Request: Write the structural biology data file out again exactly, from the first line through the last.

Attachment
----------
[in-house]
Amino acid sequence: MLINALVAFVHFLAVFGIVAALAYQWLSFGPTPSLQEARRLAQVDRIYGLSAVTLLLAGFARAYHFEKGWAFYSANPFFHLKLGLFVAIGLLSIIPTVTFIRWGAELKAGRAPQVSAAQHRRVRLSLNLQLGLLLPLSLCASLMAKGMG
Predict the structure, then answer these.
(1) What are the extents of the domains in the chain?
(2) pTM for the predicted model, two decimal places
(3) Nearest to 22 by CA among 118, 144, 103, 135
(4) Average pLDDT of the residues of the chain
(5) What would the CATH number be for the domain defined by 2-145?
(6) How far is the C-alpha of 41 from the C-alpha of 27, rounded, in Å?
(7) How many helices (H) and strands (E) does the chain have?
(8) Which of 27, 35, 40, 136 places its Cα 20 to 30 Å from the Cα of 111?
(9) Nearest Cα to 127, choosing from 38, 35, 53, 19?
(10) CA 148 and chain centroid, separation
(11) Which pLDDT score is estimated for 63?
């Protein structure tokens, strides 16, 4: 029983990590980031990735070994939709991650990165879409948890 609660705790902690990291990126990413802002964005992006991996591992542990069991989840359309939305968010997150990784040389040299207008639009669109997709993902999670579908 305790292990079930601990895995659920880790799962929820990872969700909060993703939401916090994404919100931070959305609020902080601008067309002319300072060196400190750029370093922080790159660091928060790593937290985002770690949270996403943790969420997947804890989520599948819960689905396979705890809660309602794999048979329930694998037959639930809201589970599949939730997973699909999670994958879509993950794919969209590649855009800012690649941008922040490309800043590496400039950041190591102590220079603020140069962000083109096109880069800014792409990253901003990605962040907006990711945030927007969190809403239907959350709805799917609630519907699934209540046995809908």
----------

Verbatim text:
[in-house]
Amino acid sequence: MLINALVAFVHFLAVFGIVAALAYQWLSFGPTPSLQEARRLAQVDRIYGLSAVTLLLAGFARAYHFEKGWAFYSANPFFHLKLGLFVAIGLLSIIPTVTFIRWGAELKAGRAPQVSAAQHRRVRLSLNLQLGLLLPLSLCASLMAKGMG
Predict the structure, then answer these.
(1) What are the extents of the domains in the chain?
(2) pTM for the predicted model, two decimal places
(3) Nearest to 22 by CA among 118, 144, 103, 135
(4) Average pLDDT of the residues of the chain
(5) What would the CATH number be for the domain defined by 2-145?
(6) How far is the C-alpha of 41 from the C-alpha of 27, rounded, in Å?
(7) How many helices (H) and strands (E) does the chain have?
(8) Which of 27, 35, 40, 136 places its Cα 20 to 30 Å from the Cα of 111?
(9) Nearest Cα to 127, choosing from 38, 35, 53, 19?
(10) CA 148 and chain centroid, separation
(11) Which pLDDT score is estimated for 63?
């Protein structure tokens, strides 16, 4: 029983990590980031990735070994939709991650990165879409948890 609660705790902690990291990126990413802002964005992006991996591992542990069991989840359309939305968010997150990784040389040299207008639009669109997709993902999670579908 305790292990079930601990895995659920880790799962929820990872969700909060993703939401916090994404919100931070959305609020902080601008067309002319300072060196400190750029370093922080790159660091928060790593937290985002770690949270996403943790969420997947804890989520599948819960689905396979705890809660309602794999048979329930694998037959639930809201589970599949939730997973699909999670994958879509993950794919969209590649855009800012690649941008922040490309800043590496400039950041190591102590220079603020140069962000083109096109880069800014792409990253901003990605962040907006990711945030927007969190809403239907959350709805799917609630519907699934209540046995809908």